Vinasco Vintage Guitars

Because Guitars Are Cool.

1972 Jetglo

Front Row L to R: 1972 Burgundy Glo, 1970 22 Fret Fire Glo, 22 1970 Fret Maple Glo, 1972 Jet Glo

Back Row L to R: 1975 Autum Glo, 1973 Fire Glo, 1981 Jet Glo

Pre- 1972 Grovers

Pre-1973 Toaster Pickup

1970 Birdseye Maple Fireglo

In 1971, a high gain single coil pickup and cover replaced the iconic horseshoe bridge pickup. Additionally, Grover sealed back machine heads replaced Schaller open back machine heads.

 In 1972, Maple headstock wings replaced contrasting walnut headstock wings and the well known center walnut stripe running the length of the instrument was introduced. It was also in 1972 that the clear plastic finger rest was eliminated from production.

1973 and ’74 became years of significant change for the 4001 model. In 1973 Schaller BMC chrome open back machine heads replaced Grover sealed back machine heads, the pickguard was shortened by moving back from bridge pickup surround while the large bridge pickup surround was made smaller and more rectangular. However, most notable was the discontinuation of the 4001’s Checkerboard binding and crushed pearl inlays. The 4001’s new binding was solid white and inlays became smaller and made of pearloid resin.

Change continued in 1974 with the discontinuation of the Toaster pickup in favor of a high gain neck single-coil pickup. Additionally, the gap in center raised lip of bridge was eliminated, the neck pickup was moved 1/2 inch closer toward the bridge pickup and the pickguard shortened 1/2 inch on all 4001 models.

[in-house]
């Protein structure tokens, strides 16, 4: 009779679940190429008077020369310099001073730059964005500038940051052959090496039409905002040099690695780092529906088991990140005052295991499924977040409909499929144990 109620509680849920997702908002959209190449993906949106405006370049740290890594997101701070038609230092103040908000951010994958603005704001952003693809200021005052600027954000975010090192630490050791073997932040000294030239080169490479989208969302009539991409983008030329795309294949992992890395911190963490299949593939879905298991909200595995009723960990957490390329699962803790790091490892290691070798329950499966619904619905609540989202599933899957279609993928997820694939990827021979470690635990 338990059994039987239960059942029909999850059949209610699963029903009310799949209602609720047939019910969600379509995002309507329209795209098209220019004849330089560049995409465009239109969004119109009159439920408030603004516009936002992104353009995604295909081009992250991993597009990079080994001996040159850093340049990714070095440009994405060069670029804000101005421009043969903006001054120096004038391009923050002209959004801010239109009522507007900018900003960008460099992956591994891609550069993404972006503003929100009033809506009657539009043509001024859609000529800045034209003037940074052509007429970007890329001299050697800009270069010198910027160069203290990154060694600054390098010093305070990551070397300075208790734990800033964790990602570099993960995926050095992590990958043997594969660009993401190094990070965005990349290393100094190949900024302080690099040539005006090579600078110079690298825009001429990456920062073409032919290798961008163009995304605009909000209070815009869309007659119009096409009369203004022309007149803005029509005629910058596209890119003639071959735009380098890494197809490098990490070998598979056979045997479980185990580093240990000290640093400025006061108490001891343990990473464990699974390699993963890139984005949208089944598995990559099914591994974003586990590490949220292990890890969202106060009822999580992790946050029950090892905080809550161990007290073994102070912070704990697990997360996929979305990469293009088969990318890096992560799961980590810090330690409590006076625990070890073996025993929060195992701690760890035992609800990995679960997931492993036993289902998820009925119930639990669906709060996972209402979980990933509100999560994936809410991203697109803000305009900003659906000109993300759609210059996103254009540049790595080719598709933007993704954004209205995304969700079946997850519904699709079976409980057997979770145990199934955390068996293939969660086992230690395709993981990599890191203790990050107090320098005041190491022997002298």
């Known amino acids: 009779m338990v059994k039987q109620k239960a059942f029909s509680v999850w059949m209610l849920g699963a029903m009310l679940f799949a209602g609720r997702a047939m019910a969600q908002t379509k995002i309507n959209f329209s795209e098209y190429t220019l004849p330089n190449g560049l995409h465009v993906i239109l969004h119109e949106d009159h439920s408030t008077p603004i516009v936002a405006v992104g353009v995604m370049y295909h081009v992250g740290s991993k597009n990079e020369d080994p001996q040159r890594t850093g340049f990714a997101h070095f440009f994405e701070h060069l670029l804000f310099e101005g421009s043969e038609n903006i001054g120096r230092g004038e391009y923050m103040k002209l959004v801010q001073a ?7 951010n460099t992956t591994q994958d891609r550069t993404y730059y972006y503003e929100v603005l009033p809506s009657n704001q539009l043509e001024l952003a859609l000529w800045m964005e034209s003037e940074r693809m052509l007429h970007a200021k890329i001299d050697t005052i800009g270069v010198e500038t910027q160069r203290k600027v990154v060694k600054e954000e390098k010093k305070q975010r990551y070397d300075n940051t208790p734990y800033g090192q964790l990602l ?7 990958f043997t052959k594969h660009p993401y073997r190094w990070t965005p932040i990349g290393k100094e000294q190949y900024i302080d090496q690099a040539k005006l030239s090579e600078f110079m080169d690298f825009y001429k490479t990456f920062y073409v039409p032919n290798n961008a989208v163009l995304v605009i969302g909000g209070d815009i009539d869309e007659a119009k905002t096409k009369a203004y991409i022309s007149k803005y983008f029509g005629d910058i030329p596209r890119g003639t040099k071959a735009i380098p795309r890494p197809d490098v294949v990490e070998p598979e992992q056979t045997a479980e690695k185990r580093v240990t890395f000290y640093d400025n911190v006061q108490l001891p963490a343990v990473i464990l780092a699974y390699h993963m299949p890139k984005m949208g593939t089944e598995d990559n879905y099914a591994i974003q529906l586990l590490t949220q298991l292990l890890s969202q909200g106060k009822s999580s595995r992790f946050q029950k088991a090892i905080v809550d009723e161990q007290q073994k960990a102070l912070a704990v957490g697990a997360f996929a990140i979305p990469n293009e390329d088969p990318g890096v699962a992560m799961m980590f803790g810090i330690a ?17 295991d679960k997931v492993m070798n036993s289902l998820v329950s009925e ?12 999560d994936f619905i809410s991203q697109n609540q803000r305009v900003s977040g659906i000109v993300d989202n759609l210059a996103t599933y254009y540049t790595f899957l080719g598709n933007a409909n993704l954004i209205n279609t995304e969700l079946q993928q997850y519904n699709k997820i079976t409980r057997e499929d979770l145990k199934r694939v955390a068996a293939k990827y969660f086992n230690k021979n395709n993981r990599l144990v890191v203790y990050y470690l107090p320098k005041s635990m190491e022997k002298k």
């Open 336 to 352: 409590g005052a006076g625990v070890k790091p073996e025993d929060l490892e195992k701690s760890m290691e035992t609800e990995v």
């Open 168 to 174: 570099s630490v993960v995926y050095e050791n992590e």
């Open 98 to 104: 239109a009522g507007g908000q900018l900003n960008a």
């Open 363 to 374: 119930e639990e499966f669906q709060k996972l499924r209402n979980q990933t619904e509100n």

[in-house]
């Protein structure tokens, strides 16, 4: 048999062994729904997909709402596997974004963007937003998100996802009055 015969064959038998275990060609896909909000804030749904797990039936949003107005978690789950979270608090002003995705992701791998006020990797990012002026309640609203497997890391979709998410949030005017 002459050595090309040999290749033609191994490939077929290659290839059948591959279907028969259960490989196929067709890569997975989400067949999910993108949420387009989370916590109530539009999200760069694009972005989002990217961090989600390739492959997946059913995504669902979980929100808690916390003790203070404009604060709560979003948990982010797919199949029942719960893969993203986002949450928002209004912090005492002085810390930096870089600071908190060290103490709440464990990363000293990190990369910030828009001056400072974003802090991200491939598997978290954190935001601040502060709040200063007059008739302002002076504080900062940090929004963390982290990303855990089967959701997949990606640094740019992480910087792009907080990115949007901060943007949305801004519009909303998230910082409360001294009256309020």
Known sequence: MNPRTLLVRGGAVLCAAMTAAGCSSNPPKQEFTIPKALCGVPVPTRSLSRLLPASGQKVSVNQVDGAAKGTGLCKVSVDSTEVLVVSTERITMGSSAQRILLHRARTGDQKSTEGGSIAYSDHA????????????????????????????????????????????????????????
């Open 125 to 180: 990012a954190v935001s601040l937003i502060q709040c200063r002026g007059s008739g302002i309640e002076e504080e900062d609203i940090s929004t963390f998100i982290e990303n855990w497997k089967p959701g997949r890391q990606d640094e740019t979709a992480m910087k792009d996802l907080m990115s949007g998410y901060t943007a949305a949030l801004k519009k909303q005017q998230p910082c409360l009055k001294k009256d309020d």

The Rickenbacker 4001 would not see anymore significant changes until it was discontinued in 1983 and replaced by an almost identical bass guitar using the 4003 model number.


Pre '73 Checkerboard Binding

Post '73 High-gain Pickup 

A Brief History Of The Rickenbacker 4001

Clear Plastic

Finger Rest (Pre 1972)

Post-1973 Schallers

Crushed Pearl Inlays

Not all Rickenbacker 4001 bass guitars are the same. Important changes to some key features prior to 1973, make these earlier models the most coveted for collectors.


In 1963 the bridge with under string mutes was added and became a standard feature of the 4001 model. In 1965, black plastic seven-sided knobs with silver tops replaced all black Bakelite knobs and Mapleglo was offered as the first optional finish to Fireglo. Things would remain stable with the 4001 for a period of 4 years until the end of the ‘60s brought more changes.

In 1969 the headstock was shortened, and the 9th dot inlay position marker was added in between the 18th and 19th frets. But the most significant change in 1969 came when Rickenbacker made the Ric-O-Sound standard instead of optional.



Center Walnut "Skunk" Stripe

Introduced in 1972

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The Rickenbacker 4001 is my favorite bass guitar. It has unique features that separate it from all other Rickenbacker bass guitars and from all other manufacturers.

The 4001 was first produced in 1961 as the Deluxe model of the 4000 which was debuted in 1957. As the Deluxe model, the 4001 added a neck pickup to give greater tonal flexibility and greater bass response. Additionally, the 4001 had different inlays, bound Padouk fingerboard, triangle inlays, separate volume and tone controls, mono-output, and truss rods that adjust at the head.


Originally this bass was only available in a Fireglo finish. In later years, the 4001 would become available in a variety of finishes including Jetglo, Mapleglo, Autumnglo, Burgundyglo and Azureglo.

 

1971 Horseshoe Pickup Cover